While I could write more, I think the best approach is to point you to the blog of Paul Waelchli, the Assistant Director for Library Instruction and Public Services at the Charles C. Myers Library at the University of Dubuque. His blog, first recommended to me by Rosalind Tedford before I had even met Paul, is called ResearchQuest and he is far more eloquent than I could be. Paul does a great job describing Greg Trefry-Big Fun, Big Learning: Transforming the World Through Play
Discussion of “Big Play” program here.

Check out the photos on flickr by searching for the tag “glls2007″

ASERL – New age of discovery

Sunday, July 22, 2007 6:38 am

Wanda and Erik were in Decatur, GA on Thursday attending an ASERL institute on the new age of discovery. Karen Calhoun kicked things off with a presentation on the need to change library systems, bibliographic control, and user services to keep the library a relevant part of the research process. Some interesting links that she referred to are:

The morning discussion panel included Andrew Pace (NCSU/Endeca), Marshall Breeding (Vanderbilt/Primo), and Judi Brien (U. Rochester/eXtensible Catalog). The presentations included overviews of C4 (eXtensible Catalog), NCSU Endeca, and Vanderbilt’s Primo system. some interesting ideas discussed included creating interoperable systems, key usability features (facet use, enhanced info), and metadata issues (data normalization, indexing, display).

In the first afternoon session, Beth Davis-Brown presented on LC’s external advisory committee on the future of cataloging. She quickly covered the scope and content of the meetings and pointed to some interesting documents and webcasts created for the three meetings. One of my favorites is Calhoun’s response to the background paper.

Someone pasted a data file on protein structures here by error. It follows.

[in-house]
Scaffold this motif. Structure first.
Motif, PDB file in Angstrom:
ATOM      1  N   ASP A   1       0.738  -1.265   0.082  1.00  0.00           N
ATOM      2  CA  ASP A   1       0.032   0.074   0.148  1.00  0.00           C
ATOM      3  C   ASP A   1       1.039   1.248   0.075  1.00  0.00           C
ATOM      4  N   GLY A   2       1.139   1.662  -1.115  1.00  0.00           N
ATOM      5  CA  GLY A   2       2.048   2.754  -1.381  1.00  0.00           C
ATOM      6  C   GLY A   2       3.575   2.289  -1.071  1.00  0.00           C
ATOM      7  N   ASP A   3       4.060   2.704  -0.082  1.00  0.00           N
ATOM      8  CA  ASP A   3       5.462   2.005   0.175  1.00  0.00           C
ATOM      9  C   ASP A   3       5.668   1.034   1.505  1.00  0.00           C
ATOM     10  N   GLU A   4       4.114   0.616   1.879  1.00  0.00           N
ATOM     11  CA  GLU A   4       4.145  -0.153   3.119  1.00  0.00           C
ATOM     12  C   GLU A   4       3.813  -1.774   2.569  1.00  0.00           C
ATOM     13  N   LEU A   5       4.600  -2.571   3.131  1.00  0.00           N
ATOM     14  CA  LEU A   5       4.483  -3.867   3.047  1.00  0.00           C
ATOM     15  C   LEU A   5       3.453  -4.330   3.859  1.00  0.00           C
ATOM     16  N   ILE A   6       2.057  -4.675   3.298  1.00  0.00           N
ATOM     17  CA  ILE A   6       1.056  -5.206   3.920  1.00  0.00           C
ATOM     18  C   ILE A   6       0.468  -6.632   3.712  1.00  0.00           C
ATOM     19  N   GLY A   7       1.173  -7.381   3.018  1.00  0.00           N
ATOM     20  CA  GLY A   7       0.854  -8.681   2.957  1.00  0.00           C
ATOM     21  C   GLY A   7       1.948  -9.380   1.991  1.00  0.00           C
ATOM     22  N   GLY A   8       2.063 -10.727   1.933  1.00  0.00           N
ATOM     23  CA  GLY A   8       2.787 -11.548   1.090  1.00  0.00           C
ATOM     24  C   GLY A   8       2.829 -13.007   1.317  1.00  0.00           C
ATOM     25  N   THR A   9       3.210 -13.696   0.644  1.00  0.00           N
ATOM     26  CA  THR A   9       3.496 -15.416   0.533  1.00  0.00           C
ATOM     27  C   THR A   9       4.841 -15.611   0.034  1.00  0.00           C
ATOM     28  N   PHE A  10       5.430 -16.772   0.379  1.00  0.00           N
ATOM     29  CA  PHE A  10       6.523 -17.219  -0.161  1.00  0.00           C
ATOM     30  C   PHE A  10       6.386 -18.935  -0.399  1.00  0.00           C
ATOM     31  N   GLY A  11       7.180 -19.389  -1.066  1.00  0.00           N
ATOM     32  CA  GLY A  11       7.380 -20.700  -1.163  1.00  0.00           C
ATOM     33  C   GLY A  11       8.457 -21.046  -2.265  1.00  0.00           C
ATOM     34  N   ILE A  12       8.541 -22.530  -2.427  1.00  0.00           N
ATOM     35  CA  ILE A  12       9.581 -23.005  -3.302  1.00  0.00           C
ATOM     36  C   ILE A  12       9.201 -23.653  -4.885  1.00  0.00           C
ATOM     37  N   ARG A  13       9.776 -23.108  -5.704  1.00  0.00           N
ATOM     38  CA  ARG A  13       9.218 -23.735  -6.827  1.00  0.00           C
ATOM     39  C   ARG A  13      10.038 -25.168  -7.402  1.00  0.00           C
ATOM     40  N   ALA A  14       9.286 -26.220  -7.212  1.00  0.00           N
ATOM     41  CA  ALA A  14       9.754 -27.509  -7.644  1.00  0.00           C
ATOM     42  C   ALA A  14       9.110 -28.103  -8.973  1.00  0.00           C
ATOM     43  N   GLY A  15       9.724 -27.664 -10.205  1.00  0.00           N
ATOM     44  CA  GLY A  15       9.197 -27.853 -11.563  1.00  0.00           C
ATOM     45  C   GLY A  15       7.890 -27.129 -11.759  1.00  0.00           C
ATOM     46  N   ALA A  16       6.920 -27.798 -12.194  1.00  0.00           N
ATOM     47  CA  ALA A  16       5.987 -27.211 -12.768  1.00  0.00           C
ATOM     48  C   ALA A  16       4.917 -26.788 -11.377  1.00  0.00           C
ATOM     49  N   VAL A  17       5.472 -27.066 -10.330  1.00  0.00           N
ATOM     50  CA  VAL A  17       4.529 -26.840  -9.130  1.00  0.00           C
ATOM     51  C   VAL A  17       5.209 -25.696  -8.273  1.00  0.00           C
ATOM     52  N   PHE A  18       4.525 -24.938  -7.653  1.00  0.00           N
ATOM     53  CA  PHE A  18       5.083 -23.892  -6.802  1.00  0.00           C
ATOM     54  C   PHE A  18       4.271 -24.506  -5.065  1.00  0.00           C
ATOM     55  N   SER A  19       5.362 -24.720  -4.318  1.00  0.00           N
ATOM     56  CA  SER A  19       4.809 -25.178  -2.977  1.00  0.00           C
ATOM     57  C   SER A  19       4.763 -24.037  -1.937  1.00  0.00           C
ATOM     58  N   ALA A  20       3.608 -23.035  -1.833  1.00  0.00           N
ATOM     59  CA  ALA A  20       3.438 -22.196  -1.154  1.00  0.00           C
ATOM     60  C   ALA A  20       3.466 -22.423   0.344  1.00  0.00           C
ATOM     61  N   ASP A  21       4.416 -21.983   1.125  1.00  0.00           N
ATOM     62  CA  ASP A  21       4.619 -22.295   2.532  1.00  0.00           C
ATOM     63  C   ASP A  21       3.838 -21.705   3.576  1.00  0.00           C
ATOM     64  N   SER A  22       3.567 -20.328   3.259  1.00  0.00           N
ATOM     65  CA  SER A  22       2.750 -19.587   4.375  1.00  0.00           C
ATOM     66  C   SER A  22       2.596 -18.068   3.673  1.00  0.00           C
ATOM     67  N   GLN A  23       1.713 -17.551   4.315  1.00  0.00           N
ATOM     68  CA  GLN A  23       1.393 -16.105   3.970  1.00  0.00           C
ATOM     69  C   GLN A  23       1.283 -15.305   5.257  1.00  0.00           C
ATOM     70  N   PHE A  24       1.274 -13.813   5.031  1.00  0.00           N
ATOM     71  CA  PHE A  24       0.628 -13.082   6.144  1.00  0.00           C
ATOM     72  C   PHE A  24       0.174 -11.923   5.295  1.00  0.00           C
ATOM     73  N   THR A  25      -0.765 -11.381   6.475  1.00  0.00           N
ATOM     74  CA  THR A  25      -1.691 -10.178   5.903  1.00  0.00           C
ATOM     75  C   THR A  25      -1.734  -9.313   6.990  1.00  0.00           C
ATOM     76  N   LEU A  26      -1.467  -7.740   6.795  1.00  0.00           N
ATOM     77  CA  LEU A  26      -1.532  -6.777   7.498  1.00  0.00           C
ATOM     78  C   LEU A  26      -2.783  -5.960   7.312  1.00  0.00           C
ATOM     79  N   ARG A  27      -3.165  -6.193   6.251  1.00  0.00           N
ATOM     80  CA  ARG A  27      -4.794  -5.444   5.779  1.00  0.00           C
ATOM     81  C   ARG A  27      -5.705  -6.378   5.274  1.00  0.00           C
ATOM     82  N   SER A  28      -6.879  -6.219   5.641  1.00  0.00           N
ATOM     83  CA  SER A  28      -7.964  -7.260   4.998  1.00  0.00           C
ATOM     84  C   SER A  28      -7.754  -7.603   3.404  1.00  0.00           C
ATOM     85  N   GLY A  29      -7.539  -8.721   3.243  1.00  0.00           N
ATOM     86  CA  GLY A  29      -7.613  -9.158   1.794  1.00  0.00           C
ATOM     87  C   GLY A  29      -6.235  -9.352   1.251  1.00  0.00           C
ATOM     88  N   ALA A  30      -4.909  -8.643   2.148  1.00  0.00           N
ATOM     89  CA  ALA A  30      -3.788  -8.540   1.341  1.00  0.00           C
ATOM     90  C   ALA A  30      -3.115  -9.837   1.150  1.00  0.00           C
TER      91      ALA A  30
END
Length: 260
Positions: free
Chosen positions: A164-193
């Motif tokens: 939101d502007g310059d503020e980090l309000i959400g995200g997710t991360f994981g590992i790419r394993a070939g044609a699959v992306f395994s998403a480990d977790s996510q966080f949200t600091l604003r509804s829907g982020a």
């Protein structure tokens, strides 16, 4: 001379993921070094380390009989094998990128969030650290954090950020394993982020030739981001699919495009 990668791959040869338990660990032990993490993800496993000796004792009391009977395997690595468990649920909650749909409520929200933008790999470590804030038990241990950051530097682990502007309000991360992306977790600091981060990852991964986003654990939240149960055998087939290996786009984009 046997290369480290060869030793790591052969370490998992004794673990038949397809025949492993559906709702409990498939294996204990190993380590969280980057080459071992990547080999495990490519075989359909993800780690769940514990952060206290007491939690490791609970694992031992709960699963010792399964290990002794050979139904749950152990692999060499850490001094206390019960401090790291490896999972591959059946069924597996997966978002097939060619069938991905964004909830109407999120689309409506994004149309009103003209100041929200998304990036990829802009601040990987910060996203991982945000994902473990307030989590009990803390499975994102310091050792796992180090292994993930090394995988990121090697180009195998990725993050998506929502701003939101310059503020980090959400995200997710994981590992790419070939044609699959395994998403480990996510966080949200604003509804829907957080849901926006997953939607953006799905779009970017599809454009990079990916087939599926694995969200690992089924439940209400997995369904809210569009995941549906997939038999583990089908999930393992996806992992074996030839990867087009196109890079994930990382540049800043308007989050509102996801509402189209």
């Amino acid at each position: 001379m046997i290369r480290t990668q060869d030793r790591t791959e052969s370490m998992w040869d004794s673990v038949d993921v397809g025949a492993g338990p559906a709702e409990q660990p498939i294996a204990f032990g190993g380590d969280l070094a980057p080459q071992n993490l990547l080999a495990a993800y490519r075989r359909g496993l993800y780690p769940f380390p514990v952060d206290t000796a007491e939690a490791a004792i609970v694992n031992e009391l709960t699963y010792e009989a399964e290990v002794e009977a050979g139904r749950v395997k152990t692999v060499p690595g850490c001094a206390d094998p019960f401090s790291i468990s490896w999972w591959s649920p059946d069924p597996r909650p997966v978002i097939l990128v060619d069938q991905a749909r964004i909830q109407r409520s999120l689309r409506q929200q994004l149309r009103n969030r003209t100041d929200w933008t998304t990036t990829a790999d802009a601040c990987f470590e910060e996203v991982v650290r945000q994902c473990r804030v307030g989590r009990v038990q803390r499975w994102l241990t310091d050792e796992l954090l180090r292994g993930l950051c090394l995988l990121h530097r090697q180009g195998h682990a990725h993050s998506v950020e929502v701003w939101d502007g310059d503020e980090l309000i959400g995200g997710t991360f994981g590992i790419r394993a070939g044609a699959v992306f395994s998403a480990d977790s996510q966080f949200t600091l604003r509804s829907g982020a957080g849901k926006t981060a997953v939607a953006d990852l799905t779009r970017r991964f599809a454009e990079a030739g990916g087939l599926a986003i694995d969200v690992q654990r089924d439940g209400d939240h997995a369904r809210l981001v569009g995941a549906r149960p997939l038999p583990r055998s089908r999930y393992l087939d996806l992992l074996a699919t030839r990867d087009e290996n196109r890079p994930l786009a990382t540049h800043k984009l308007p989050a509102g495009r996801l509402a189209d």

Roberta Winjum looked at the work of catalogers and cataloging. She listed two essential features of the cataloger in 2007:

  • Must be able to thrive in an environment of constant change
  • Must be able to both respond to and initiate change

Roberta used some interesting quotes to spark discussion. . .(quotes are mostly accurate and somewhat cited. . .)

“There is a disconnect between the effort libraries expend on verifying individual lc records for monographs, and the fact that thousands of record for large sets enter the catalog almost unnoticed”

  • Lack of trust, have to verify records
  • Law of diminishing returns – how much time is it worth?
  • It takes as much energy to load sets into collections as it does to describe a single book
  • Isn’t it all about quality vs quantity? – define quality, where are the quantifiable measures? Have we ever analyzed what quality means?
  • How do you back away from over-analysis of copy cataloging?
  • If our users start with web-searching, why is subject-descriptive cataloging important?
  • Is a hybrid system of metadata / full text indexing a good approach?
  • Two libraries are doing authority work on the same record, we need a different working model so that improvements do not get made over and over.
  • How do contractual limits impact local changes?
  • What do you feel like you gain from doing all this – series analysis – series provides a valuable access point.